• Managing competing time demands: family, job, church, community and leisure. What does healthy whole-life discipleship look like? (See Rest and Work)
  • The work of Business. Models of Christian business and entrepreneurship. Business as mission and models for marketplace mission.
  • How should we work as Christians. (See How Should We Work as Christians)
  • The work of artists.
  • Cultural and social transformation? Workplace ministry and cultural transformation. (See James Davison Hunter, To Change the World,[3] Tim Keller, Center Church,[4] and Andy Crouch Culture Making.[5])
  • Christian leadership for the marketplace and the world.

Contacts, Counsel and Kudos for Job Seekers

Crossroads Career Network is a not-for-profit ministry at Perimeter Church, Atlanta, USA, which seeks to provide contacts, counsel, and encouragement to help you find a job, a career, your calling. Perimeter's Crossroads Career Ministry offers monthly career meetings that become foundations for support and spiritual growth. Each meeting includes a short presentation by a guest speaker or expert in the business community. Attendees gain insight and instruction on what scripture teaches about employment and provision from God. There is no charge to attend.

For Eugene Peterson the challenge lies in affirming the worth of the everyday ministry of all the people of God: 

One of the most soul-damaging phrases that has crept into the Christian vocabulary is “full-time Christian work”. Every time it is used, it drives a wedge of misunderstanding between the way we pray and the way we work, between the way we worship and the way we make a living.... Most of what Jesus said and did took place in a secular workplace — in a farmer’s field, in a fishing boat, at a wedding feast, in a cemetery, at a public well asking a woman he didn’t know for a drink of water, on a country hillside that he turned into a huge picnic, in a courtroom, having supper in homes with acquaintances or friends…. Twenty seven times in John’s Gospel Jesus is identified as a worker: “My father is still working and I also am working” (John 5:17). Work doesn’t take us away from God; it continues the work of God. God comes into view on the first page of our scriptures as a worker. Once we identify God in his workplace working, it isn’t long before we find ourselves in our workplaces working in the name of God.[6]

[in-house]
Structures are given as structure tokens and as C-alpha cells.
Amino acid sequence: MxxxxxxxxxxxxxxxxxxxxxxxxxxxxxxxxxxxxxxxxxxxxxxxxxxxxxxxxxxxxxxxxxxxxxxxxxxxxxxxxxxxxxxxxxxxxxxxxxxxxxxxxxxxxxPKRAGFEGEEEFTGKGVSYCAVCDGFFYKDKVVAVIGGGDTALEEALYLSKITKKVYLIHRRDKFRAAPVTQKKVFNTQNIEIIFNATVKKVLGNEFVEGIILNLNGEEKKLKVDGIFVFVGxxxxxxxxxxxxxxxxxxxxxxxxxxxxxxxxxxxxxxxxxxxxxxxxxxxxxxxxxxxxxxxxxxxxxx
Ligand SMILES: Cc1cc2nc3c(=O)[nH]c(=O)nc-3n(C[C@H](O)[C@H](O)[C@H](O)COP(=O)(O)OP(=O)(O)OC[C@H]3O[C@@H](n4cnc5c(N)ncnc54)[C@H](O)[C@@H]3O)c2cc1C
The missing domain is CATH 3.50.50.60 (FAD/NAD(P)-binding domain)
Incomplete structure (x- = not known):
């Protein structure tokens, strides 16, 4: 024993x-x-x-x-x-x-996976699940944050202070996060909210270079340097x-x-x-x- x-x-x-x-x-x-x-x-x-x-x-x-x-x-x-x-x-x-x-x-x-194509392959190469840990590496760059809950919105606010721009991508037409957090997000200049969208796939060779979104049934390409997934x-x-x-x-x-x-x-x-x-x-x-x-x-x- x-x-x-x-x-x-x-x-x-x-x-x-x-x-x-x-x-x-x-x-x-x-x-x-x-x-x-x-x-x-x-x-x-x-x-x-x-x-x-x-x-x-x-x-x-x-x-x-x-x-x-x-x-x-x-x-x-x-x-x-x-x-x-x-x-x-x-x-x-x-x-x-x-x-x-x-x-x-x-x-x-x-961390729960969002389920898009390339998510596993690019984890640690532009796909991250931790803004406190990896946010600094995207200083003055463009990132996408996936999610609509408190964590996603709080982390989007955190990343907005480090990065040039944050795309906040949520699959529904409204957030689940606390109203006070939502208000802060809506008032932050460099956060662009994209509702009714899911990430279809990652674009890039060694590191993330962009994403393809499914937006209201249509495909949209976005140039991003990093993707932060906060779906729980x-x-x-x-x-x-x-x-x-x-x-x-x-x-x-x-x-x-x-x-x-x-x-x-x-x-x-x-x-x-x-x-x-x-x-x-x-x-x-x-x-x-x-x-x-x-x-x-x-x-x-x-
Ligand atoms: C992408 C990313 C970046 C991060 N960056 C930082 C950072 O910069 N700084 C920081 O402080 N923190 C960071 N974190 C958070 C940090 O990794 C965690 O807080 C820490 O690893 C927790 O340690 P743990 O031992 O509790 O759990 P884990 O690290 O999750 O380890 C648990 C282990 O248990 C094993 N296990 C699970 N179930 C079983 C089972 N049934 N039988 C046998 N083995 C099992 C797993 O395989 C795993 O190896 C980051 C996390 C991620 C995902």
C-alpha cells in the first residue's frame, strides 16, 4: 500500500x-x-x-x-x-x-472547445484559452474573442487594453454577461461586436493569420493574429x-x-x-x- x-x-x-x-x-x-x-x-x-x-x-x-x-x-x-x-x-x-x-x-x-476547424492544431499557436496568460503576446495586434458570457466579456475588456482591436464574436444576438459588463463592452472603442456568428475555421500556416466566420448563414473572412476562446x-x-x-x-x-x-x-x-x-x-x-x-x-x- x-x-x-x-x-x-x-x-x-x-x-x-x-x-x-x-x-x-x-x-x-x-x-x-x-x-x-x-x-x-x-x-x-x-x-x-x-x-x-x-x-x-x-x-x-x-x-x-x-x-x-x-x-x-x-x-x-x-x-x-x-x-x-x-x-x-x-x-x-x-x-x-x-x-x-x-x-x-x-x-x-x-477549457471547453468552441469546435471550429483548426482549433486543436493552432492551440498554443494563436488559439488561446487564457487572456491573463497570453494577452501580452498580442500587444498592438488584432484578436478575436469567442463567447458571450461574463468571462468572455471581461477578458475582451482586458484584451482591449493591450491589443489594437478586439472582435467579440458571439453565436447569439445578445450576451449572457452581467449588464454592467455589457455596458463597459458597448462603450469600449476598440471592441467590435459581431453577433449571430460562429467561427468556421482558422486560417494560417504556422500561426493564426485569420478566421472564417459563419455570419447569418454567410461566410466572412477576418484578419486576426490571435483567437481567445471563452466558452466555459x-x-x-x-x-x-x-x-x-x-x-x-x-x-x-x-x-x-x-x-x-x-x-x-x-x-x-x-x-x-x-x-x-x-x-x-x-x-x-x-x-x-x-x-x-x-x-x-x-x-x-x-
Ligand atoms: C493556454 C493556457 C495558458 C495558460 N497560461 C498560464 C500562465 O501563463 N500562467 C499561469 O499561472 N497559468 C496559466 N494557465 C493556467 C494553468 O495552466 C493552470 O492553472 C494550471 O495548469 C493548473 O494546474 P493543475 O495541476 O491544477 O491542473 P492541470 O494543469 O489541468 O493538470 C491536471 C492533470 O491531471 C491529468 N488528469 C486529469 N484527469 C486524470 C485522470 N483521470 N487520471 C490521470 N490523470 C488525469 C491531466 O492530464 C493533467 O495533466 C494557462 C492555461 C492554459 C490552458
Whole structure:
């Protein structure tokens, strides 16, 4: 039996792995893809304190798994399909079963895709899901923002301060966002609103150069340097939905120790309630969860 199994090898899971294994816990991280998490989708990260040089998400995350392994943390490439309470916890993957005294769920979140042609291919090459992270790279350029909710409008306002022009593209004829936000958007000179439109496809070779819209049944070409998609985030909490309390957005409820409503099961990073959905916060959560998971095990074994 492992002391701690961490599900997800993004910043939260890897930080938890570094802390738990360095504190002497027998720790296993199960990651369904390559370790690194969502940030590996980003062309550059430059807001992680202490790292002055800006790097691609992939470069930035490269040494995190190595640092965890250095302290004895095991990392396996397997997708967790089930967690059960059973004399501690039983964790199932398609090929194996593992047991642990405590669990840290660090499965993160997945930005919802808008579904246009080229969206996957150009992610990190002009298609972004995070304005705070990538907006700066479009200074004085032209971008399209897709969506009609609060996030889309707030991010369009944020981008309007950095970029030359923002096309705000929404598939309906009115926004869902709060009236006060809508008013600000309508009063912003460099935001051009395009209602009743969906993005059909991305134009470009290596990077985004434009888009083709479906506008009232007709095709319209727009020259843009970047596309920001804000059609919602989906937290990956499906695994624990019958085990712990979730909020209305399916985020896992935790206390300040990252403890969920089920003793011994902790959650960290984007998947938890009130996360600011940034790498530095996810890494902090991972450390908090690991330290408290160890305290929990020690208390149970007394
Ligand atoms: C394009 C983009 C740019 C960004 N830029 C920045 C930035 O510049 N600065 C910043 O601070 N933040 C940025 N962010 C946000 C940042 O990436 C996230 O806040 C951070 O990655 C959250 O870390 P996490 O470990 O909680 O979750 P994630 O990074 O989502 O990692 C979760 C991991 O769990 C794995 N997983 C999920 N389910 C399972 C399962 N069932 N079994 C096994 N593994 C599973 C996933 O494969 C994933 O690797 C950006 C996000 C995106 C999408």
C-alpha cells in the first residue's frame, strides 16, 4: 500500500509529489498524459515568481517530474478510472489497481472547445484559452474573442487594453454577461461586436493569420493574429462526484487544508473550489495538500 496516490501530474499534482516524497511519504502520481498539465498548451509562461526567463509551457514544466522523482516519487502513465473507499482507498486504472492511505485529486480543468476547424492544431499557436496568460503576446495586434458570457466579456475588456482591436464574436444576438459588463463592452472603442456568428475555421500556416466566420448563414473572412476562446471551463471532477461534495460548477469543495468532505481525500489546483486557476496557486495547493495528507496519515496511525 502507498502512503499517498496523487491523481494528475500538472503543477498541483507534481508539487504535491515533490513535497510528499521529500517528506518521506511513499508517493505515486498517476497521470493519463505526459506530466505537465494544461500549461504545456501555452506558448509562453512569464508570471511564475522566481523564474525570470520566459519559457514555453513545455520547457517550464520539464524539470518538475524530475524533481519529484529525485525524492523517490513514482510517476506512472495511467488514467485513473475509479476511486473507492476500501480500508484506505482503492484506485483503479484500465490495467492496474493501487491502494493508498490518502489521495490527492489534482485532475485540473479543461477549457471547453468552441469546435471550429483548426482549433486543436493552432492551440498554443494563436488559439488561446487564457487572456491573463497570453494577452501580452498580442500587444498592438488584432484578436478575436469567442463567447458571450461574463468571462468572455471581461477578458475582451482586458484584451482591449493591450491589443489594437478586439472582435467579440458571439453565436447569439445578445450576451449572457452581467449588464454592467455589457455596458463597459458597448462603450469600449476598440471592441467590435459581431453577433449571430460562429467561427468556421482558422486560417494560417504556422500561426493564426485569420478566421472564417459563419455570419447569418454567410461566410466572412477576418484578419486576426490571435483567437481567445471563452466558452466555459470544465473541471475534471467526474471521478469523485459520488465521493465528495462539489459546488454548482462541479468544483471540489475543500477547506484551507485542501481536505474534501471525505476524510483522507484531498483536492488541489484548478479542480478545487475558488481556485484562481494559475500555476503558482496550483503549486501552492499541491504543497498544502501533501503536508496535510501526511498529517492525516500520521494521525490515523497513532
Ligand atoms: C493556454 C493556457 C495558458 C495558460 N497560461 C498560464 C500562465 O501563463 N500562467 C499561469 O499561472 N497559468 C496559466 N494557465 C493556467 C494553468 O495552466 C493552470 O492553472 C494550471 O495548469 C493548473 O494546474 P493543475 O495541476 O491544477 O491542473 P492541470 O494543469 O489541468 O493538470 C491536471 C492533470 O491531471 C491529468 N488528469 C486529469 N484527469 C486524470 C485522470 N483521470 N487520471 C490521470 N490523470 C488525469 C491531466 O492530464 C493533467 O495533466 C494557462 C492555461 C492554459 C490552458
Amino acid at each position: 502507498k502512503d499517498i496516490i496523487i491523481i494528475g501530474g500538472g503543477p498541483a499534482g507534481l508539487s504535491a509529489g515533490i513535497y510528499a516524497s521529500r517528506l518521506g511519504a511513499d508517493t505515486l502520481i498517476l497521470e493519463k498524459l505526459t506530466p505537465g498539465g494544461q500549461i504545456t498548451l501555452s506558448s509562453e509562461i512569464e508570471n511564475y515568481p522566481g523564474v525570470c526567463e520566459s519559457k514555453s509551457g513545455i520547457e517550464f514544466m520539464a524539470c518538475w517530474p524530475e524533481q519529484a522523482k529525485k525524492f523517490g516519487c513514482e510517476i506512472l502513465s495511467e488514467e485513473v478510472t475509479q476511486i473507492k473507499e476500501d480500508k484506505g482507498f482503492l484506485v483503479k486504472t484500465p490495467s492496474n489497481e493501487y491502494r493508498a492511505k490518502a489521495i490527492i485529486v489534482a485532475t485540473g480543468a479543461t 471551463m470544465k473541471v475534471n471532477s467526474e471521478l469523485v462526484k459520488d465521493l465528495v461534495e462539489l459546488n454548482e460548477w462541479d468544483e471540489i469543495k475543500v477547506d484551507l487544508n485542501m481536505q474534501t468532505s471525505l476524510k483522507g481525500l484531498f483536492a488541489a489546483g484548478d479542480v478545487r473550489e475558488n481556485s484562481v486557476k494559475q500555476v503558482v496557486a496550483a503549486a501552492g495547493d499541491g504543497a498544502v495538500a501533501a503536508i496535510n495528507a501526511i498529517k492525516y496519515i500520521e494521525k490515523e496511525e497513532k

Creative Video Presentation

To introduce the work theme to a group of young people a humorous, but also sobering, video clip of oppressive work conditions from Charlie Chaplin’s film Modern Times is screened, interspersed with digital photos of youth group members in their work places. The rock song ‘We gotta get out of this place’ by The Animals is playing at the same time. During each chorus pictures are overdubbed with the words ‘We gotta get out of this place’ until the last line when the following words are added ‘Or do we?’ A presentation on faith at work follows.

Each church needs to identify the particular opportunities and challenges their people face in their places of work. Do people work as professionals, managers, labourers, technicians, public servants, teachers, or service workers? The opportunities and challenges vary widely between these types of work. Do congregants’ jobs have high status, pay, opportunity, power, security, and mobility, or low? Initiatives–a quarterly online publication of the National Center for the Laity in the USA (www.classic.catholiclabor.org/NCL)– gives details in each issue of ways that local churches identify and are responding to the particular workplace situations their people are in. This could be a resource for churches looking for examples.

See David Miller, God at Work, pp. 125-142.

See for example Gregory F. A. Pierce, [email protected] (Chicago, Loyola Press, 2001). Also Joyce Huggett, Finding God in the Fast Lane (Guildford, Eagle, 1993); and Mark Greene (editor), Pocket Prayers for Work (London, Church House Publishing, 2004).

James Davison Hunter, To Change the World: The Irony, Tragedy, and Possibility of Christianity in the Late Modern World (New York: Oxford University Press, 2010).

Timothy J. Keller, Center Church: Doing Balanced, Gospel-Centered Ministry in Your City (Zondervan, 2012).

Andy Crouch, Culture Making Recovering Our Creative Calling (Downers Grove, IL: IVP Books, 2008).

Peterson, Eugene H. The Pastor (New York: Harper One, 2011) pp.280-281